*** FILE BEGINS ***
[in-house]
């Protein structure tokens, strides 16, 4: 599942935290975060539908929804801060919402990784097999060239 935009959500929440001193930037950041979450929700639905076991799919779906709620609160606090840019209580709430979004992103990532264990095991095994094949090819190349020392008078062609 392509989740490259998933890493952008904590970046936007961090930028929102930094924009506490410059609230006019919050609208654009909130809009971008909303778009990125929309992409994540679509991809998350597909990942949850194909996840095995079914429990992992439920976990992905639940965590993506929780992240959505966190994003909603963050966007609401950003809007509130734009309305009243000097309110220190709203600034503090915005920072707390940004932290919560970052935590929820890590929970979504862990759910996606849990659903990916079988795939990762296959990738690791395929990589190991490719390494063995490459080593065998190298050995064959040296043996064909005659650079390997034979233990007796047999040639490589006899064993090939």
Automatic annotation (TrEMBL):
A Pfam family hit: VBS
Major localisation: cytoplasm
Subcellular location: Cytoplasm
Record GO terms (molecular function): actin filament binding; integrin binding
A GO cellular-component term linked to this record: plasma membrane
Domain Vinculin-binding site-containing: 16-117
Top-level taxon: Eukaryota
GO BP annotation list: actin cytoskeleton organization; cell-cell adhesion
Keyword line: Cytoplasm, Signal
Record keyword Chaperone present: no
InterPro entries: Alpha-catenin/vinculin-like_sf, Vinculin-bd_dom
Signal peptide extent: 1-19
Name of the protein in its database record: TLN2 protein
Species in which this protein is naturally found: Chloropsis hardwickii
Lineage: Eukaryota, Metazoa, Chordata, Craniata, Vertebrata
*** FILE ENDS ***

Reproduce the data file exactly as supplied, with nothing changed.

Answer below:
[in-house]
């Protein structure tokens, strides 16, 4: 599942935290975060539908929804801060919402990784097999060239 935009959500929440001193930037950041979450929700639905076991799919779906709620609160606090840019209580709430979004992103990532264990095991095994094949090819190349020392008078062609 392509989740490259998933890493952008904590970046936007961090930028929102930094924009506490410059609230006019919050609208654009909130809009971008909303778009990125929309992409994540679509991809998350597909990942949850194909996840095995079914429990992992439920976990992905639940965590993506929780992240959505966190994003909603963050966007609401950003809007509130734009309305009243000097309110220190709203600034503090915005920072707390940004932290919560970052935590929820890590929970979504862990759910996606849990659903990916079988795939990762296959990738690791395929990589190991490719390494063995490459080593065998190298050995064959040296043996064909005659650079390997034979233990007796047999040639490589006899064993090939």
Automatic annotation (TrEMBL):
A Pfam family hit: VBS
Major localisation: cytoplasm
Subcellular location: Cytoplasm
Record GO terms (molecular function): actin filament binding; integrin binding
A GO cellular-component term linked to this record: plasma membrane
Domain Vinculin-binding site-containing: 16-117
Top-level taxon: Eukaryota
GO BP annotation list: actin cytoskeleton organization; cell-cell adhesion
Keyword line: Cytoplasm, Signal
Record keyword Chaperone present: no
InterPro entries: Alpha-catenin/vinculin-like_sf, Vinculin-bd_dom
Signal peptide extent: 1-19
Name of the protein in its database record: TLN2 protein
Species in which this protein is naturally found: Chloropsis hardwickii
Lineage: Eukaryota, Metazoa, Chordata, Craniata, Vertebrata